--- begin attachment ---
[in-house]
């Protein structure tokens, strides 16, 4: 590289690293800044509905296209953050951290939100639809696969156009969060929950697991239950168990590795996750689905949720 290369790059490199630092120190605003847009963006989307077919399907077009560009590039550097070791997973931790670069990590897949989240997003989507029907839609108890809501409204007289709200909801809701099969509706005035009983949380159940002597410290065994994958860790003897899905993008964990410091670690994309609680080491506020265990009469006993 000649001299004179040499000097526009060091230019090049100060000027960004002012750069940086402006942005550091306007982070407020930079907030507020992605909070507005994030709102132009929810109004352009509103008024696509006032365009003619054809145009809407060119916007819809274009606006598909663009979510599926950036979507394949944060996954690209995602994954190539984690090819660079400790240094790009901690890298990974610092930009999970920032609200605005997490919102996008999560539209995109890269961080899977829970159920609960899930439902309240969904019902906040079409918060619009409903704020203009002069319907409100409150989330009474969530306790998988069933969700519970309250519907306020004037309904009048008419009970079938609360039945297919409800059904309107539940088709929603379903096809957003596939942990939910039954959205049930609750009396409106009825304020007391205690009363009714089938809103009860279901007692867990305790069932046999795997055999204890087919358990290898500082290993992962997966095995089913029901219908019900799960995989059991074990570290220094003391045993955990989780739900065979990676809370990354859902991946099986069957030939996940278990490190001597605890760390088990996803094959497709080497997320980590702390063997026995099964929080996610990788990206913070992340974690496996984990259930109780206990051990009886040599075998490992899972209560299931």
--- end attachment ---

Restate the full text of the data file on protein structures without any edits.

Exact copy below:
[in-house]
């Protein structure tokens, strides 16, 4: 590289690293800044509905296209953050951290939100639809696969156009969060929950697991239950168990590795996750689905949720 290369790059490199630092120190605003847009963006989307077919399907077009560009590039550097070791997973931790670069990590897949989240997003989507029907839609108890809501409204007289709200909801809701099969509706005035009983949380159940002597410290065994994958860790003897899905993008964990410091670690994309609680080491506020265990009469006993 000649001299004179040499000097526009060091230019090049100060000027960004002012750069940086402006942005550091306007982070407020930079907030507020992605909070507005994030709102132009929810109004352009509103008024696509006032365009003619054809145009809407060119916007819809274009606006598909663009979510599926950036979507394949944060996954690209995602994954190539984690090819660079400790240094790009901690890298990974610092930009999970920032609200605005997490919102996008999560539209995109890269961080899977829970159920609960899930439902309240969904019902906040079409918060619009409903704020203009002069319907409100409150989330009474969530306790998988069933969700519970309250519907306020004037309904009048008419009970079938609360039945297919409800059904309107539940088709929603379903096809957003596939942990939910039954959205049930609750009396409106009825304020007391205690009363009714089938809103009860279901007692867990305790069932046999795997055999204890087919358990290898500082290993992962997966095995089913029901219908019900799960995989059991074990570290220094003391045993955990989780739900065979990676809370990354859902991946099986069957030939996940278990490190001597605890760390088990996803094959497709080497997320980590702390063997026995099964929080996610990788990206913070992340974690496996984990259930109780206990051990009886040599075998490992899972209560299931």